Saturday, March 21, 2009

Getting Excited for Passover, and an Update on my Classes

Getting Excited for the FSU Trip!

Passover seems to be galloping toward us, and soon we will be in the Former Soviet Union, sharing in seders with members of liberal Jewish communities in the Moscow region. It's hard to believe the holiday is arriving so soon - I always forget how close Purim and Pesach are to each other! In the preschool we're already teaching a bit of the story of Moses every day. I suppose it isn't surprising that the 3 year olds identify most with the story of Moses as a baby and are most excited to hear it retold, but I am looking forward to hearing their reactions to the burning bush, the crossing of the sea, etc. It is kind of strange to hear the language slippages that allow remembering that "we" were slaves in Egypt to happen more naturally - the teachers talk about the Israelites or the Children of Israel, but the students very quickly start referring to the characters as Israelis.
On Thursday night, Daniel and I met with Rabbi Leonid Bimbat, who is currently serving the Moscow region, and who was visiting Jerusalem for the World Union of Progressive Judaism conference. What we had expected to be a brief conversation during the reception following a WUPJ event turned into a stroll to the center of Jerusalem, where we sat in a bar called "Putin" which was filled with Russian speaking patrons. Leonid seemed disapoointed when we didn't order drinks, but it was late at night and we were hoping for a quick meeting before going home to bed, and not a night out on the town. We asked him a few questions about the communities in Moscow, where we'll be going for Passover, and about what we would be expected to do during our stay. It seems that we will be traveling between three communities: one is a comunity of Anglo- expats, one is a communtiy of mostly older participants, and one a community of families with children. At each place, we will be expected to lead all or part of seders, and perhaps also conduct other community programs, though the extent of this is unclear - we should have a better sense of it once we receive a more detailed schedule. There will also be plenty of time built in for sight seeing. The rabbi warned us that even when we are not with the communities we should consider ourselves on display and be careful not to eat something that isn't kosher for Passover or do anything else out of line with out positions as spiritual leaders. We're wondering, though, how kosher for Passover these communities will be, as we've heard rumors that some students in the past have seen grain-based alcoholic drinks or even bread products at the seder table. We are also worried about the possibility of social barriers and discomforts arising from our vegetarianism and the fact that we don't drink very much...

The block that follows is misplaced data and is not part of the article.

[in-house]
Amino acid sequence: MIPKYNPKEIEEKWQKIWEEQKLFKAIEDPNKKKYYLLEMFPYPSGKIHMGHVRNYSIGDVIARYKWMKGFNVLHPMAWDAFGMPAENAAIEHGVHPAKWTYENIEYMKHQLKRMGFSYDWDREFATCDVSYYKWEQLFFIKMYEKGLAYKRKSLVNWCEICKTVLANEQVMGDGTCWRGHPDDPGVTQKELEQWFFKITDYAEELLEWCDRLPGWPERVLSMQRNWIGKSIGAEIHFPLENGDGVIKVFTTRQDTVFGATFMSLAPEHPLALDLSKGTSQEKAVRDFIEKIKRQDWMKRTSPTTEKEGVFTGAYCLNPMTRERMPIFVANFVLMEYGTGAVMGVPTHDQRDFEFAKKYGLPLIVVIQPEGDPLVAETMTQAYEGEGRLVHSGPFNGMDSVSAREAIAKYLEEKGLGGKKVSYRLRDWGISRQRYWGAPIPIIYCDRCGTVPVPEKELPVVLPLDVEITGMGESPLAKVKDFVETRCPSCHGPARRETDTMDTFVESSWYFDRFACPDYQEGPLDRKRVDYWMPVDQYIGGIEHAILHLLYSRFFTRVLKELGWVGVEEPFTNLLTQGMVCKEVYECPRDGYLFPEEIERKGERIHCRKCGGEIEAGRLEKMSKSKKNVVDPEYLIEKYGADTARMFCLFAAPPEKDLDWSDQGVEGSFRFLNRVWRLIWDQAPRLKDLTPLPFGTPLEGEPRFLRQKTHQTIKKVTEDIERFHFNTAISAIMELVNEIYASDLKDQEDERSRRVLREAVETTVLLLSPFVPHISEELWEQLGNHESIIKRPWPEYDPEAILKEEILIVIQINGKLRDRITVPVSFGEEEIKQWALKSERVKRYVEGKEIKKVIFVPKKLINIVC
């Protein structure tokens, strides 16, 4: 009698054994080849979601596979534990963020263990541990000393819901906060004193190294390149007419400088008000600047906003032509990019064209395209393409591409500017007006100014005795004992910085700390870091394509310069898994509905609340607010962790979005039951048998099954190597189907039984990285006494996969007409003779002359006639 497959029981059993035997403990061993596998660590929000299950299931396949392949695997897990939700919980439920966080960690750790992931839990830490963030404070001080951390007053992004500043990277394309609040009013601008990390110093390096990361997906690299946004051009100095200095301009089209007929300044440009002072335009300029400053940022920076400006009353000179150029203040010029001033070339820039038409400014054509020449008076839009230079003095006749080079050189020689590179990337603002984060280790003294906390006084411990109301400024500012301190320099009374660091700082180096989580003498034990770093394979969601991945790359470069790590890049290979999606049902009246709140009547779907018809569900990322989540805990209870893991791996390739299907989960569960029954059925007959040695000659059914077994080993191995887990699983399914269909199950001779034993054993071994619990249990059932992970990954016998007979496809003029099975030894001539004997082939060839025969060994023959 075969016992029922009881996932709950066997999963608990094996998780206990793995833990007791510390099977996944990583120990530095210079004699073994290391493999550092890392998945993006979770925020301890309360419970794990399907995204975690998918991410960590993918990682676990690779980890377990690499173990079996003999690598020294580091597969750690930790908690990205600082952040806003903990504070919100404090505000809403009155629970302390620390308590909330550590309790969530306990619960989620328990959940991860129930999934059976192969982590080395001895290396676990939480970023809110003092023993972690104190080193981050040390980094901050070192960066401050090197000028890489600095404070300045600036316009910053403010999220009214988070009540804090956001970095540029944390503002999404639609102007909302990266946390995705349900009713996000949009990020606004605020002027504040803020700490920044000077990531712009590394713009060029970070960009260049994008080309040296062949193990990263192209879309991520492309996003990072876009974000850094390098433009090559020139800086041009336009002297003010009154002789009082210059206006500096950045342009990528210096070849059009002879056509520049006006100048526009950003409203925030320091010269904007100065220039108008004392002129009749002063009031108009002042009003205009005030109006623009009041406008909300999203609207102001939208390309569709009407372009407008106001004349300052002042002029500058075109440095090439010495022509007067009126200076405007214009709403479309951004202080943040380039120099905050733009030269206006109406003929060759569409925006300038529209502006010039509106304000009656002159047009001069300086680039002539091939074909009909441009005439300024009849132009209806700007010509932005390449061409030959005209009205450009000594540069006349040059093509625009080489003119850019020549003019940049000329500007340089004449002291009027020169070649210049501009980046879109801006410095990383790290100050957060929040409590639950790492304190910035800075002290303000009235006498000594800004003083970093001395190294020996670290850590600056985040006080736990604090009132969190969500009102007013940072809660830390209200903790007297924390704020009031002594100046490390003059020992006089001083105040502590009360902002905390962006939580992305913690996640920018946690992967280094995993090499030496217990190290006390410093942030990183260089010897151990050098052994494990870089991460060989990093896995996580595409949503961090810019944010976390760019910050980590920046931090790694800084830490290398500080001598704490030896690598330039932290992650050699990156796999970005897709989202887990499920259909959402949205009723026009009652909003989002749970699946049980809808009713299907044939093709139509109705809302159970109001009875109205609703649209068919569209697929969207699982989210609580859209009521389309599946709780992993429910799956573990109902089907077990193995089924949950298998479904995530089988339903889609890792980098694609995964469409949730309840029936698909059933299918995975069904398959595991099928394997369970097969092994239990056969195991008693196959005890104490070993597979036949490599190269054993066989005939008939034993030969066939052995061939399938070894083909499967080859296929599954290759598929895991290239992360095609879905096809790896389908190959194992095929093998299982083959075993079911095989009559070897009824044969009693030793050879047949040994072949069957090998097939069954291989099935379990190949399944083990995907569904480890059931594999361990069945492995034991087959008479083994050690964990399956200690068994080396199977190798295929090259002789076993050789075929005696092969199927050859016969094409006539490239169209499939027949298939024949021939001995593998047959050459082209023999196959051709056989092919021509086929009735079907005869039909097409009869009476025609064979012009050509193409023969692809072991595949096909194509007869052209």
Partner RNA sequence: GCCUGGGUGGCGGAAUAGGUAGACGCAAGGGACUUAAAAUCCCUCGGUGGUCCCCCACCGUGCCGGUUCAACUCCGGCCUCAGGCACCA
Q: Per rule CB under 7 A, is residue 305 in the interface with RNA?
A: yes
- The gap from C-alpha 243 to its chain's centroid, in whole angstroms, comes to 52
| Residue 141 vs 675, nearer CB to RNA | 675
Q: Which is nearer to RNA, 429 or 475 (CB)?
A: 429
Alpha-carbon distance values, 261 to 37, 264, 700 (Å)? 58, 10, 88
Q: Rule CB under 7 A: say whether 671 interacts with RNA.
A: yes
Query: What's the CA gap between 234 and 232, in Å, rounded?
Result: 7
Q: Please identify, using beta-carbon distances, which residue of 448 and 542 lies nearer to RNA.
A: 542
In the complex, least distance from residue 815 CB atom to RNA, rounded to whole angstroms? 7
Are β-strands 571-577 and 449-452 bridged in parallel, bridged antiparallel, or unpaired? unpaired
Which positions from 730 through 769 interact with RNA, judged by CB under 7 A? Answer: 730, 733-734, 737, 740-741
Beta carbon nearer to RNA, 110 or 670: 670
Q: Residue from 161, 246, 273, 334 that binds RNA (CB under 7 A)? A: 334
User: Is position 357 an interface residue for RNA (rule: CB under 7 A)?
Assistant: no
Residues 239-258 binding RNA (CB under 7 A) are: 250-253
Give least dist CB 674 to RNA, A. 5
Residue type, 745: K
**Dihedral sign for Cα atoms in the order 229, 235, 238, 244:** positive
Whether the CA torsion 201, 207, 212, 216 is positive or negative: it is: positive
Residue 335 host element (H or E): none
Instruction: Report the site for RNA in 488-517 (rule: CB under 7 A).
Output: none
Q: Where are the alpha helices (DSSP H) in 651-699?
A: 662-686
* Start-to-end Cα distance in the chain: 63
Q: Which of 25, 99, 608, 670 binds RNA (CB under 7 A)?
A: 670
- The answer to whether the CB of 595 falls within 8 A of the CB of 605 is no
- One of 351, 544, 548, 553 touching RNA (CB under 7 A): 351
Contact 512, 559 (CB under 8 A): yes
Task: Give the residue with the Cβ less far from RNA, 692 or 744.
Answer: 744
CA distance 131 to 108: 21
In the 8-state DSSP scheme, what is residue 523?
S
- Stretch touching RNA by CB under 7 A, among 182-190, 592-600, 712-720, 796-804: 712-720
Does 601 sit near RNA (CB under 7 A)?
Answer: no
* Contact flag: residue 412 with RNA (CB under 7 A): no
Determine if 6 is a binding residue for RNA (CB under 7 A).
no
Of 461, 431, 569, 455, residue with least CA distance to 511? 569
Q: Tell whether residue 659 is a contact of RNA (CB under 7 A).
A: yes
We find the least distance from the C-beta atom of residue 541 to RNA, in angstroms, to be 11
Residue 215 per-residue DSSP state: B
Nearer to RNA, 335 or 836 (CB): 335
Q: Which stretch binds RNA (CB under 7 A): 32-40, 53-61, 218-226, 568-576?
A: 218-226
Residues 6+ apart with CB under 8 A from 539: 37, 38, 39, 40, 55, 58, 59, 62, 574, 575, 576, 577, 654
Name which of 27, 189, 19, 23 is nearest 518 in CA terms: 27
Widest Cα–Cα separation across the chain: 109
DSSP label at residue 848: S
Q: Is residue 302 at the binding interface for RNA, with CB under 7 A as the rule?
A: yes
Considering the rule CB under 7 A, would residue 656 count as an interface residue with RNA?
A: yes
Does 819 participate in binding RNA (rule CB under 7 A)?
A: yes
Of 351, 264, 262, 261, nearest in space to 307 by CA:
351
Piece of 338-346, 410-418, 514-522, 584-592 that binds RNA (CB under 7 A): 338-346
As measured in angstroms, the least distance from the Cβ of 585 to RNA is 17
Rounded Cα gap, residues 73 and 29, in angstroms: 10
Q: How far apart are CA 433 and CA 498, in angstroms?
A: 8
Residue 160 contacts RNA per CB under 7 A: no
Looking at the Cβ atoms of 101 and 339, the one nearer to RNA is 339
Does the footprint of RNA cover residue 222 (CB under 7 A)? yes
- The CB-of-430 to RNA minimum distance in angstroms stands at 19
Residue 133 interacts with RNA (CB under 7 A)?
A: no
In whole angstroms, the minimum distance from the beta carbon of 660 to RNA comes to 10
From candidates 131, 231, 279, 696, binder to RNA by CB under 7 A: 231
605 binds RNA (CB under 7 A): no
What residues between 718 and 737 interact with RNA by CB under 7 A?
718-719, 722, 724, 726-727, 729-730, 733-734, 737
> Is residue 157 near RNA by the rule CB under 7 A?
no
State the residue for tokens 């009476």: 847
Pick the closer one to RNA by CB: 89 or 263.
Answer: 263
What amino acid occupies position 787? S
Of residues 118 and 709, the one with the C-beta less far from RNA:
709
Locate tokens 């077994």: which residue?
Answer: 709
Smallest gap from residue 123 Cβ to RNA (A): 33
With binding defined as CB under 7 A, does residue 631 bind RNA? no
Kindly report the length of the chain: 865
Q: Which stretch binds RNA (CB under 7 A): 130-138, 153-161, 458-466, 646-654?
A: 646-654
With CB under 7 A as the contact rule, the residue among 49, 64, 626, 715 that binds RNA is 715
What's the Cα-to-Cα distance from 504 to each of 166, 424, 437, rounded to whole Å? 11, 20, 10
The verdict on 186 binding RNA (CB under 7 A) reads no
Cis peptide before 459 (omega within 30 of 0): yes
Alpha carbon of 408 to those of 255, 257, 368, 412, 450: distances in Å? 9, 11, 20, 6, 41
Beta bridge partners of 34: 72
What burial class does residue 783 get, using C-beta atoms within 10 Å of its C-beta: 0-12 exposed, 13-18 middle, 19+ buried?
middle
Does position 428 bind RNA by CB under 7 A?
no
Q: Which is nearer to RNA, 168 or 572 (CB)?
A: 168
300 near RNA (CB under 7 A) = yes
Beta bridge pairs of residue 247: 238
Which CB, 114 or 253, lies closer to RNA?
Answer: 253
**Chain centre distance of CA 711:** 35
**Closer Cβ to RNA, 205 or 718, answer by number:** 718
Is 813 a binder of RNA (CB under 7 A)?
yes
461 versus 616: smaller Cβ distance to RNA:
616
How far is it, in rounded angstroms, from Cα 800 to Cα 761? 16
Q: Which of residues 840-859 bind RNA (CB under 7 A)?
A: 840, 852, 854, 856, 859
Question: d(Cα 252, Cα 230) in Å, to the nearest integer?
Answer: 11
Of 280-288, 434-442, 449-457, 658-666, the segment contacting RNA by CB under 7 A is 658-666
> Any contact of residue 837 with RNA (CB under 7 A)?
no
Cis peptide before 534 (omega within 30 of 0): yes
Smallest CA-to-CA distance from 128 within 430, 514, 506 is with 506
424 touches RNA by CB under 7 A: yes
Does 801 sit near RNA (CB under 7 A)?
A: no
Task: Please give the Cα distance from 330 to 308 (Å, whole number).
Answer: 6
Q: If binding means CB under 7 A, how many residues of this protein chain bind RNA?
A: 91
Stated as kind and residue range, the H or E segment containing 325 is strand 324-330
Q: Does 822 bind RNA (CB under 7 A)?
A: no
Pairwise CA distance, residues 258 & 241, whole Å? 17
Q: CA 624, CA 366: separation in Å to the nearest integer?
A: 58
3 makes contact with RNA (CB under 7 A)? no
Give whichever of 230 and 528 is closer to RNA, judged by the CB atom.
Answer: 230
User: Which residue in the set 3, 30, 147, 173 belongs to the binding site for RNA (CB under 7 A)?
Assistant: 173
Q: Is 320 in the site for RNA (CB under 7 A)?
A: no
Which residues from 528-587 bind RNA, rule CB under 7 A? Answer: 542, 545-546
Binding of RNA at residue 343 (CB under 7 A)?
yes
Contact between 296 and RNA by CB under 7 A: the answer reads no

I've been trying to prepare for the visit by using it as an opportunity to engage with outside-of-class learning, but I am becoming increasingly aware that experiential learning and book-learning are entirely different beasts. I've been reading articles, some of them terrifically interesting, about the way that Russian Jews today see and define themselves, but I wonder if any of this will make my trip easier, or allow me to be more useful to these communities when I am there. We've had workshops on seder leading, on East European Jewish history, and even a brief tutorial on how to read Cyrillic characters, but I think I'll still be a bit bewildered when I get there. Nevertheless, I am very much enjoying the additional reading that I've assigned myself. If you want to join in the fun and read along with me, so far the best piece I've read has been a chapter out of New Jews: The End of the Jewish Diaspora by David Shneer and Caryn Aviv. I've also been trying to give myself a crash course on Russian culture (about which I know very little) and have begun the rather intimidating task of reading Natasha's Dance: A Cultural History of Russia by Orlando Figes. It is a smooth read, but rather a large volume, and I doubt that I'll finish it before we land in Moscow.